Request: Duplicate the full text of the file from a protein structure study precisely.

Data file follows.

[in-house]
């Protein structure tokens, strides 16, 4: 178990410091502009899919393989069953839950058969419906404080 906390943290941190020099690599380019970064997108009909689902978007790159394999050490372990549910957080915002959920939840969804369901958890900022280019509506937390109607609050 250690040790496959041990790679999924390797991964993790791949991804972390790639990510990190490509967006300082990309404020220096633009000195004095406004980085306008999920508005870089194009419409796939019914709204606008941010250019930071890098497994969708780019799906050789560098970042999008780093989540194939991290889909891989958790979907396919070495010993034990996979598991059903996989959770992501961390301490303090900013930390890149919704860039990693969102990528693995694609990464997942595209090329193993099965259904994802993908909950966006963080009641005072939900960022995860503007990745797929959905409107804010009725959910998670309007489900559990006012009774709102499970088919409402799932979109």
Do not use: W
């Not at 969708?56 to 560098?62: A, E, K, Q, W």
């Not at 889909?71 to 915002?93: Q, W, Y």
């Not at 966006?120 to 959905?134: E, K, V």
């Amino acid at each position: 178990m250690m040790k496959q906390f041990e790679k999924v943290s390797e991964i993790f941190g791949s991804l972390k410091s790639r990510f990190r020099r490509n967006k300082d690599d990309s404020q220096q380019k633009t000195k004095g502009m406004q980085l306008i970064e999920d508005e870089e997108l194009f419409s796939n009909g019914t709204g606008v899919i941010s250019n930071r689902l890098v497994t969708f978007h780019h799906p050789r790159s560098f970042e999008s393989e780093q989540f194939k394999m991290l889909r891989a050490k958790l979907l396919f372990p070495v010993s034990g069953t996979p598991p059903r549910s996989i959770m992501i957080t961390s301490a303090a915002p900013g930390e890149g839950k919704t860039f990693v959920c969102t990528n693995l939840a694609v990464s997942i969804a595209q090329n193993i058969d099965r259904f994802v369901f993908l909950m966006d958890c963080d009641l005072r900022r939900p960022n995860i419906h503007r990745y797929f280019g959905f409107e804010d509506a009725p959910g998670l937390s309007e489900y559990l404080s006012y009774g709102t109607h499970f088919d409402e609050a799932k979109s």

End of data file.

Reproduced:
[in-house]
């Protein structure tokens, strides 16, 4: 178990410091502009899919393989069953839950058969419906404080 906390943290941190020099690599380019970064997108009909689902978007790159394999050490372990549910957080915002959920939840969804369901958890900022280019509506937390109607609050 250690040790496959041990790679999924390797991964993790791949991804972390790639990510990190490509967006300082990309404020220096633009000195004095406004980085306008999920508005870089194009419409796939019914709204606008941010250019930071890098497994969708780019799906050789560098970042999008780093989540194939991290889909891989958790979907396919070495010993034990996979598991059903996989959770992501961390301490303090900013930390890149919704860039990693969102990528693995694609990464997942595209090329193993099965259904994802993908909950966006963080009641005072939900960022995860503007990745797929959905409107804010009725959910998670309007489900559990006012009774709102499970088919409402799932979109």
Do not use: W
């Not at 969708?56 to 560098?62: A, E, K, Q, W």
């Not at 889909?71 to 915002?93: Q, W, Y």
């Not at 966006?120 to 959905?134: E, K, V």
């Amino acid at each position: 178990m250690m040790k496959q906390f041990e790679k999924v943290s390797e991964i993790f941190g791949s991804l972390k410091s790639r990510f990190r020099r490509n967006k300082d690599d990309s404020q220096q380019k633009t000195k004095g502009m406004q980085l306008i970064e999920d508005e870089e997108l194009f419409s796939n009909g019914t709204g606008v899919i941010s250019n930071r689902l890098v497994t969708f978007h780019h799906p050789r790159s560098f970042e999008s393989e780093q989540f194939k394999m991290l889909r891989a050490k958790l979907l396919f372990p070495v010993s034990g069953t996979p598991p059903r549910s996989i959770m992501i957080t961390s301490a303090a915002p900013g930390e890149g839950k919704t860039f990693v959920c969102t990528n693995l939840a694609v990464s997942i969804a595209q090329n193993i058969d099965r259904f994802v369901f993908l909950m966006d958890c963080d009641l005072r900022r939900p960022n995860i419906h503007r990745y797929f280019g959905f409107e804010d509506a009725p959910g998670l937390s309007e489900y559990l404080s006012y009774g709102t109607h499970f088919d409402e609050a799932k979109s």